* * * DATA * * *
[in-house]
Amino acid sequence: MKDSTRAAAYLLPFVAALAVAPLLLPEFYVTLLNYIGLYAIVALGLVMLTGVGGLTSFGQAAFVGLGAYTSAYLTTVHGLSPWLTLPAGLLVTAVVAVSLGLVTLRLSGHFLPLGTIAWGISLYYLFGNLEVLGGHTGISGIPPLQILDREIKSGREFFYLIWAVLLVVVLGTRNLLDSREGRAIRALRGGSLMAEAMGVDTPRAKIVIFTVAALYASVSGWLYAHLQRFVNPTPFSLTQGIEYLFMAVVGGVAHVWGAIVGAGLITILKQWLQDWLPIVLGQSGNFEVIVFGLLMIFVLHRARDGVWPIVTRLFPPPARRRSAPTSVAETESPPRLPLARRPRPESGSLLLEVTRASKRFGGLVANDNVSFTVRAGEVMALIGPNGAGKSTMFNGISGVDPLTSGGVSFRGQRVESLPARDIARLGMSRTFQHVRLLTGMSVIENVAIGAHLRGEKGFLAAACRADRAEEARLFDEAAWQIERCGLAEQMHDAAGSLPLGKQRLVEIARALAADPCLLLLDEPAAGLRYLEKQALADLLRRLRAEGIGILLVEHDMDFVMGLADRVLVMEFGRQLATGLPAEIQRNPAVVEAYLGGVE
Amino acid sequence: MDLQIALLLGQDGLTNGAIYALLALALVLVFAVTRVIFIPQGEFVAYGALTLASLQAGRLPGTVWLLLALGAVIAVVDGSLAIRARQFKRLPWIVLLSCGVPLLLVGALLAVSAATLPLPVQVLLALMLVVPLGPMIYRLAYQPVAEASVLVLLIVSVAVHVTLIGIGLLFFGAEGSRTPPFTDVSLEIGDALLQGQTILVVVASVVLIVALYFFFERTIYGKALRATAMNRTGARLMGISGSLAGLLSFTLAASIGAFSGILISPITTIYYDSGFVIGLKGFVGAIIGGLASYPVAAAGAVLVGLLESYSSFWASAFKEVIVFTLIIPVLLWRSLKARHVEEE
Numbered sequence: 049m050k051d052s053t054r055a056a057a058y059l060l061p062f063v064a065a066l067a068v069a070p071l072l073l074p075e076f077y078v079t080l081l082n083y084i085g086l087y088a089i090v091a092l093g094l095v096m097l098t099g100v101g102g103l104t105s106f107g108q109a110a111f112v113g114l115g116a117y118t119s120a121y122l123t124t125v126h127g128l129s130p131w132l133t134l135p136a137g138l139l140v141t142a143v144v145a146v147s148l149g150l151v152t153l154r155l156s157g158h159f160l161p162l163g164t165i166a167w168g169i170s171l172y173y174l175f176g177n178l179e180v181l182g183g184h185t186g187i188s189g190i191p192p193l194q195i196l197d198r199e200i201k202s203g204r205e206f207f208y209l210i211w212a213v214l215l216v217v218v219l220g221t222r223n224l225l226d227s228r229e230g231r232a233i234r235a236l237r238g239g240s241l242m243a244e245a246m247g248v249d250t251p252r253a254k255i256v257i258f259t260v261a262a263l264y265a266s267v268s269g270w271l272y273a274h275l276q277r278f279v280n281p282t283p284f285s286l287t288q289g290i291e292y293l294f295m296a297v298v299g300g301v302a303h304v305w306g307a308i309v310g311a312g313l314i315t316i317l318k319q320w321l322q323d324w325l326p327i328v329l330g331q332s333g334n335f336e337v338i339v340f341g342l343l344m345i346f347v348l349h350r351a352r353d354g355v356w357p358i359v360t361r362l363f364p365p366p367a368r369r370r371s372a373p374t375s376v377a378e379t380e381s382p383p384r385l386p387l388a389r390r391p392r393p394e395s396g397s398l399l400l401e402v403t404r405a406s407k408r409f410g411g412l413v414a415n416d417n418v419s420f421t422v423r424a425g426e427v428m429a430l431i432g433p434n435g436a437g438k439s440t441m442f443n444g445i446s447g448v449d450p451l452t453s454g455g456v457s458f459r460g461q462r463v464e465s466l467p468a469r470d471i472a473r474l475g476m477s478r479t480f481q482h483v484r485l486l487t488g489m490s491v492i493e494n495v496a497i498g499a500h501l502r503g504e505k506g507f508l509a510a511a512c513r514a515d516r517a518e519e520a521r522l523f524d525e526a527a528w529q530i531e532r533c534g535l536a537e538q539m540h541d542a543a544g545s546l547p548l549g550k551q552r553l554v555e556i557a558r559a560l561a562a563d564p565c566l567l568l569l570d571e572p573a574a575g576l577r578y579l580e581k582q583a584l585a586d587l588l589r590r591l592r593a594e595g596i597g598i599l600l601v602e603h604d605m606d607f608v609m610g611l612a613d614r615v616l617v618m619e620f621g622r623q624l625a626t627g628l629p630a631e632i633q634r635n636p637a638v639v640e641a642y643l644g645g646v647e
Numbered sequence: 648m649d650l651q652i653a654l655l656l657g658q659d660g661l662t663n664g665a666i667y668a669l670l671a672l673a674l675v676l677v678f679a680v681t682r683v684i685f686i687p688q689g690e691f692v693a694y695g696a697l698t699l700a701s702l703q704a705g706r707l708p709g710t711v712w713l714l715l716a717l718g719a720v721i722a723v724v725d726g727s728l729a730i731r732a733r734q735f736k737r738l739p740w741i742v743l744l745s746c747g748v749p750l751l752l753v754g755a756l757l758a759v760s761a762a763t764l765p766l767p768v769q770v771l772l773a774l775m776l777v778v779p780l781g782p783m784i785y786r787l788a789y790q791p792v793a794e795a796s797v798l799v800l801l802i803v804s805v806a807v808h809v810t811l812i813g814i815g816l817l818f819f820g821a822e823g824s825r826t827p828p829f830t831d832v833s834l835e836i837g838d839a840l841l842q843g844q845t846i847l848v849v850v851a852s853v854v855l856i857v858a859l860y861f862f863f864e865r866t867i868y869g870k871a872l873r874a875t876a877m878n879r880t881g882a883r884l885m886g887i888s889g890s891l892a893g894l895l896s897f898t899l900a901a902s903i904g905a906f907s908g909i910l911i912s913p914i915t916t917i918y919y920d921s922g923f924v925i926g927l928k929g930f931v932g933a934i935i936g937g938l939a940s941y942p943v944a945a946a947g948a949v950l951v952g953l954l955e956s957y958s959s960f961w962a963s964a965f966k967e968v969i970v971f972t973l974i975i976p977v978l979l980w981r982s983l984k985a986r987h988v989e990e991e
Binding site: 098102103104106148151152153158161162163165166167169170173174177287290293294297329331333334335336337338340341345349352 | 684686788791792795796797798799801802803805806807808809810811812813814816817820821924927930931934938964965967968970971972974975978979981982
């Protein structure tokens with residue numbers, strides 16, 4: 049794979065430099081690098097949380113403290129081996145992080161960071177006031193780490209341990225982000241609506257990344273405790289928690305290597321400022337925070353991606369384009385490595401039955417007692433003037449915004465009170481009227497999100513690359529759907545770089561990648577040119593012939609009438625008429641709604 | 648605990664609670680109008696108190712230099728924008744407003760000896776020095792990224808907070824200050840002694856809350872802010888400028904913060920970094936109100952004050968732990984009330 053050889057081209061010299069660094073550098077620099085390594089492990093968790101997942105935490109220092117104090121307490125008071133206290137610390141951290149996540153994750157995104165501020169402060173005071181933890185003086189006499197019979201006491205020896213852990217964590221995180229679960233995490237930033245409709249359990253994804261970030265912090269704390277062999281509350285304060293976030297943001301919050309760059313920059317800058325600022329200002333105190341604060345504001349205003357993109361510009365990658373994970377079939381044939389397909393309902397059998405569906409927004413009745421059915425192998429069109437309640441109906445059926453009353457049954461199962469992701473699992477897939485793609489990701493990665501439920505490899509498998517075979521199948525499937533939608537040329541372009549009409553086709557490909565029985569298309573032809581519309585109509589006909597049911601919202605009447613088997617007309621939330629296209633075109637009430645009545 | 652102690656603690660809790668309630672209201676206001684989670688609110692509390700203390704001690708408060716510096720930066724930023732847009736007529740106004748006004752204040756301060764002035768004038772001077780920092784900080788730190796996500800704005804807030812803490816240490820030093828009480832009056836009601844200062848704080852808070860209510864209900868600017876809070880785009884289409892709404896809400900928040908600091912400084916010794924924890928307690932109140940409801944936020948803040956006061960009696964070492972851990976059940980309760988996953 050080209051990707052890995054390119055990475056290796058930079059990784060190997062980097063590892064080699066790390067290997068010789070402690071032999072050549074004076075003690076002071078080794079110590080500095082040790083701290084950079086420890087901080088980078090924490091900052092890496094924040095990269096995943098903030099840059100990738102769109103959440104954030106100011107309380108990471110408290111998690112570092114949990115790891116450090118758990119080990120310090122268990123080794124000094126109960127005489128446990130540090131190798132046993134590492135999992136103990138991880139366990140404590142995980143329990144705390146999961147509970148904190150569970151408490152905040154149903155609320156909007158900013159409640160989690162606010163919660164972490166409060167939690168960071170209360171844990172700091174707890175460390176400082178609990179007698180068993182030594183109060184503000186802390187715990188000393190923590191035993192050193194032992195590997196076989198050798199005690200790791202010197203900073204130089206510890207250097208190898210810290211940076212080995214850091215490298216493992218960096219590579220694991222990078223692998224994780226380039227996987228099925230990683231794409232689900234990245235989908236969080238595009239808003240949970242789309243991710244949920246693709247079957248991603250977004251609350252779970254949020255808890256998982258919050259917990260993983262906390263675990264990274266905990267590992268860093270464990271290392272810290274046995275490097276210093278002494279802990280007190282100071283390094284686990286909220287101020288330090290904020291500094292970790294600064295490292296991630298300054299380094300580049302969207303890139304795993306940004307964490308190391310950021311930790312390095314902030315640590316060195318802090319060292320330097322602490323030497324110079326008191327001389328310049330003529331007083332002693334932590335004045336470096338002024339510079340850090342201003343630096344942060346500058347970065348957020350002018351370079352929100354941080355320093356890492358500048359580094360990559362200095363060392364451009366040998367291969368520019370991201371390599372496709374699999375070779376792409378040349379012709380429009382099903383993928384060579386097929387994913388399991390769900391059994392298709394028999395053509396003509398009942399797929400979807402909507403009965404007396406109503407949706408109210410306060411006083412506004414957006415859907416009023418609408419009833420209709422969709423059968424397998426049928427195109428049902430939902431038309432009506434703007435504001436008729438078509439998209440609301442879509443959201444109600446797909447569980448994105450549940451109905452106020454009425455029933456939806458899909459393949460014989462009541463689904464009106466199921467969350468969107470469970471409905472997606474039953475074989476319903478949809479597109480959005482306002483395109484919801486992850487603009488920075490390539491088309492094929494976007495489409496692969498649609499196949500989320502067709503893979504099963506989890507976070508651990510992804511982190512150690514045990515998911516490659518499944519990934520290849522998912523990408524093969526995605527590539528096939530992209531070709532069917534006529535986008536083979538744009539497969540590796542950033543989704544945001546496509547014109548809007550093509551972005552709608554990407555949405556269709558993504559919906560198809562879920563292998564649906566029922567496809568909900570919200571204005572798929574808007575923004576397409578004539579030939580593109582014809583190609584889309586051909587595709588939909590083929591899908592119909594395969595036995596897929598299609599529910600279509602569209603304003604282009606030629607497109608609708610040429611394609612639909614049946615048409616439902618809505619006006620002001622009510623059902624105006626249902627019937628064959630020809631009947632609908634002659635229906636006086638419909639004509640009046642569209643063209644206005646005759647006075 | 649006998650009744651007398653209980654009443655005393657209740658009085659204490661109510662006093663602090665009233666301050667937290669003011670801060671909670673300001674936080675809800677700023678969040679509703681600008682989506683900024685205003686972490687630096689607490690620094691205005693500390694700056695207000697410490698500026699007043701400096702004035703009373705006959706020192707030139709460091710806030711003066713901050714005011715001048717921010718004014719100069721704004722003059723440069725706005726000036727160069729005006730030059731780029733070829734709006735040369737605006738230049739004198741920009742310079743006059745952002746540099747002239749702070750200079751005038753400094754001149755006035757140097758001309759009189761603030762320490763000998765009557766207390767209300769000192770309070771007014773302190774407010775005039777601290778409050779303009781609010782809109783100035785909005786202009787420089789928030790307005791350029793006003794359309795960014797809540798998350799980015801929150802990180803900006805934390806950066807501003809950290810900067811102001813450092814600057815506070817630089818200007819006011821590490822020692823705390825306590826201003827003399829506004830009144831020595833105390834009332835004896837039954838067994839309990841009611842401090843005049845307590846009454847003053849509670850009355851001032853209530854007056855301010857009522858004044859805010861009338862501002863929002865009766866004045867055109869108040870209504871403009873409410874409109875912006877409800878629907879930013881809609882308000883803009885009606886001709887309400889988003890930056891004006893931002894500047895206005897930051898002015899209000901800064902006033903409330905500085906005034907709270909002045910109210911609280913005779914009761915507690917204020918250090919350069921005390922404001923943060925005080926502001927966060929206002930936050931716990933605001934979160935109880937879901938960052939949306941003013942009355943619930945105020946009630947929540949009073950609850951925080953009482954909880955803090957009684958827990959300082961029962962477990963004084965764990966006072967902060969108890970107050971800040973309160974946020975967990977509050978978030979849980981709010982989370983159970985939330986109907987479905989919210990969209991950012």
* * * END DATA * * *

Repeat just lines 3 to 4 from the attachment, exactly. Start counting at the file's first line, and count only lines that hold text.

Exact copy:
Amino acid sequence: MDLQIALLLGQDGLTNGAIYALLALALVLVFAVTRVIFIPQGEFVAYGALTLASLQAGRLPGTVWLLLALGAVIAVVDGSLAIRARQFKRLPWIVLLSCGVPLLLVGALLAVSAATLPLPVQVLLALMLVVPLGPMIYRLAYQPVAEASVLVLLIVSVAVHVTLIGIGLLFFGAEGSRTPPFTDVSLEIGDALLQGQTILVVVASVVLIVALYFFFERTIYGKALRATAMNRTGARLMGISGSLAGLLSFTLAASIGAFSGILISPITTIYYDSGFVIGLKGFVGAIIGGLASYPVAAAGAVLVGLLESYSSFWASAFKEVIVFTLIIPVLLWRSLKARHVEEE
Numbered sequence: 049m050k051d052s053t054r055a056a057a058y059l060l061p062f063v064a065a066l067a068v069a070p071l072l073l074p075e076f077y078v079t080l081l082n083y084i085g086l087y088a089i090v091a092l093g094l095v096m097l098t099g100v101g102g103l104t105s106f107g108q109a110a111f112v113g114l115g116a117y118t119s120a121y122l123t124t125v126h127g128l129s130p131w132l133t134l135p136a137g138l139l140v141t142a143v144v145a146v147s148l149g150l151v152t153l154r155l156s157g158h159f160l161p162l163g164t165i166a167w168g169i170s171l172y173y174l175f176g177n178l179e180v181l182g183g184h185t186g187i188s189g190i191p192p193l194q195i196l197d198r199e200i201k202s203g204r205e206f207f208y209l210i211w212a213v214l215l216v217v218v219l220g221t222r223n224l225l226d227s228r229e230g231r232a233i234r235a236l237r238g239g240s241l242m243a244e245a246m247g248v249d250t251p252r253a254k255i256v257i258f259t260v261a262a263l264y265a266s267v268s269g270w271l272y273a274h275l276q277r278f279v280n281p282t283p284f285s286l287t288q289g290i291e292y293l294f295m296a297v298v299g300g301v302a303h304v305w306g307a308i309v310g311a312g313l314i315t316i317l318k319q320w321l322q323d324w325l326p327i328v329l330g331q332s333g334n335f336e337v338i339v340f341g342l343l344m345i346f347v348l349h350r351a352r353d354g355v356w357p358i359v360t361r362l363f364p365p366p367a368r369r370r371s372a373p374t375s376v377a378e379t380e381s382p383p384r385l386p387l388a389r390r391p392r393p394e395s396g397s398l399l400l401e402v403t404r405a406s407k408r409f410g411g412l413v414a415n416d417n418v419s420f421t422v423r424a425g426e427v428m429a430l431i432g433p434n435g436a437g438k439s440t441m442f443n444g445i446s447g448v449d450p451l452t453s454g455g456v457s458f459r460g461q462r463v464e465s466l467p468a469r470d471i472a473r474l475g476m477s478r479t480f481q482h483v484r485l486l487t488g489m490s491v492i493e494n495v496a497i498g499a500h501l502r503g504e505k506g507f508l509a510a511a512c513r514a515d516r517a518e519e520a521r522l523f524d525e526a527a528w529q530i531e532r533c534g535l536a537e538q539m540h541d542a543a544g545s546l547p548l549g550k551q552r553l554v555e556i557a558r559a560l561a562a563d564p565c566l567l568l569l570d571e572p573a574a575g576l577r578y579l580e581k582q583a584l585a586d587l588l589r590r591l592r593a594e595g596i597g598i599l600l601v602e603h604d605m606d607f608v609m610g611l612a613d614r615v616l617v618m619e620f621g622r623q624l625a626t627g628l629p630a631e632i633q634r635n636p637a638v639v640e641a642y643l644g645g646v647e